Consumer markets are basically markets dominated by products and services designed for the general consumers. Consumer markets are typically split into four primary categories; consumer products, food and beverages products, retail products and transportation products. The consumer market pertains to buyers who purchase goods and services for consumption rather than resale. However, not all consumers are alike in their tastes, preferences and buying habits due to different in characteristics that can distinguish certain consumers from others. Industries in the consumer markets often have problems regarding deal with shifting brand loyalties and uncertainty about the future popularity sale of products and services.
Many of these markets on the Internet use collaborative filtering technology to assist and aid users. Collaborative filtering technique is a common method used to build personalized recommendations on the website. Some of the popular websites such as Amazon, iTunes and Netflix use collaborative filtering technology. In collaborative filtering, algorithms are used to make automatic predictions about a user's interest by compiling the user's buying behaviour. User's buying behaviour is the study of consumers and the processes they use to choose, use and dispose of products and services provided. In short, collaborative filtering is a technology used to recommend certain products and services to consumers based on their interest by referring the user's history of recent purchases on the website. The underlying assumption of the collaborative filtering approach is that if a person A has the same opinion as a person B on an issue, person A is more likely to have person B's opinion on a different issue X than to have the opinion on issue X of a person chosen randomly. For instance, a collaborative filtering recommendation system for television tastes could make predictions about which television show a user should like given a partial list of that user's tastes. Note that these predictions are specific to the consumer, but uses information from many other consumers. This differs from the simpler approach of giving an average score or rating for each product or service of interest, for example, based on its number of votes or its average rating of 1 to 5.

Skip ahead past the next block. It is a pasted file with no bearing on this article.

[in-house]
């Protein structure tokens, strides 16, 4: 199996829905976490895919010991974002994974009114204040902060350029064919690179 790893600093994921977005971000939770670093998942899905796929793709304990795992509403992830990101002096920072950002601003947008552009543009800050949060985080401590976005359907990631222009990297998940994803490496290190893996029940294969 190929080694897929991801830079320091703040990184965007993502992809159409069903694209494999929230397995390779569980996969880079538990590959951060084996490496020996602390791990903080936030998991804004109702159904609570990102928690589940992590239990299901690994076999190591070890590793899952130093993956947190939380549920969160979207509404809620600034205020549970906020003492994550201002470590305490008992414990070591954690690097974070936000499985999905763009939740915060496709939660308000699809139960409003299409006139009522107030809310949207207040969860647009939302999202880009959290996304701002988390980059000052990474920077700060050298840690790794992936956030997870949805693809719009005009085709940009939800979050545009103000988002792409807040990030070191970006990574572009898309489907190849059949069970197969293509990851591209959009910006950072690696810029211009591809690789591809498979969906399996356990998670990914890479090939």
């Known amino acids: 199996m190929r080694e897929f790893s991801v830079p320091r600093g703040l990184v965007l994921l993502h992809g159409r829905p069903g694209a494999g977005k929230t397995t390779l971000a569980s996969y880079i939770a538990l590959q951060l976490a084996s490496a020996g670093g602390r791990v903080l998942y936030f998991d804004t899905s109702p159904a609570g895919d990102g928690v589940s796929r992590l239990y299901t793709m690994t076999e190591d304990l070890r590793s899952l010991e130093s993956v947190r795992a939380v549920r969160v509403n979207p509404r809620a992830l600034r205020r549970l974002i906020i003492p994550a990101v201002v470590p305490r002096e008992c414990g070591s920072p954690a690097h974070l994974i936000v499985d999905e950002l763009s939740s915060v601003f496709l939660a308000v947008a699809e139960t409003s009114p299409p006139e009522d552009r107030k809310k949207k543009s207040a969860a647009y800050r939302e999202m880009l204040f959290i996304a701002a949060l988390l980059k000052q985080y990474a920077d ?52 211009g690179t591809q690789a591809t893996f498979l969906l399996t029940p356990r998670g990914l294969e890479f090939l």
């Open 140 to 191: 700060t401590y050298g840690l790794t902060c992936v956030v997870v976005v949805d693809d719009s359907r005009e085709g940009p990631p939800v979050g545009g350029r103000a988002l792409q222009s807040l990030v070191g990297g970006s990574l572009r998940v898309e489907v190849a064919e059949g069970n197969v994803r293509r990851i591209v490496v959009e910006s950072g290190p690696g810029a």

The growth of the Internet has made it much more difficult to effectively extract important information from all the available online information. The overwhelming quantity of data needs mechanisms for efficient information filtering. This is when collaborative filtering comes into play to solve the problem. The motivation for collaborative filtering comes from the idea that people often get the best recommendations from someone with similar tastes and interest to themselves. Collaborative filtering encompasses techniques for matching people with similar interests and making suggestions on this basis. Normally, the workflow of a collaborative filtering mechanism is a user states his or her preferences by rating the products in the system. These ratings can be assumed as an approximate representation of the user\'s interest and tastes in the corresponding domain. The system then matches the user's ratings against other users' ratings and finds the people with the most similar tastes and interest. With similar users, the system recommends items that the similar users have rated highly but not yet been rated by this user. One of the many popular websites that use this method is Netflix and iTunes. In Netflix and iTunes, consumers can set what movie or music genre the user would like to watch or listen and the system will find other users that match the same movie or music genre. The system will then suggest and recommend the movies or music that the other users like that the user has not watched or listened to.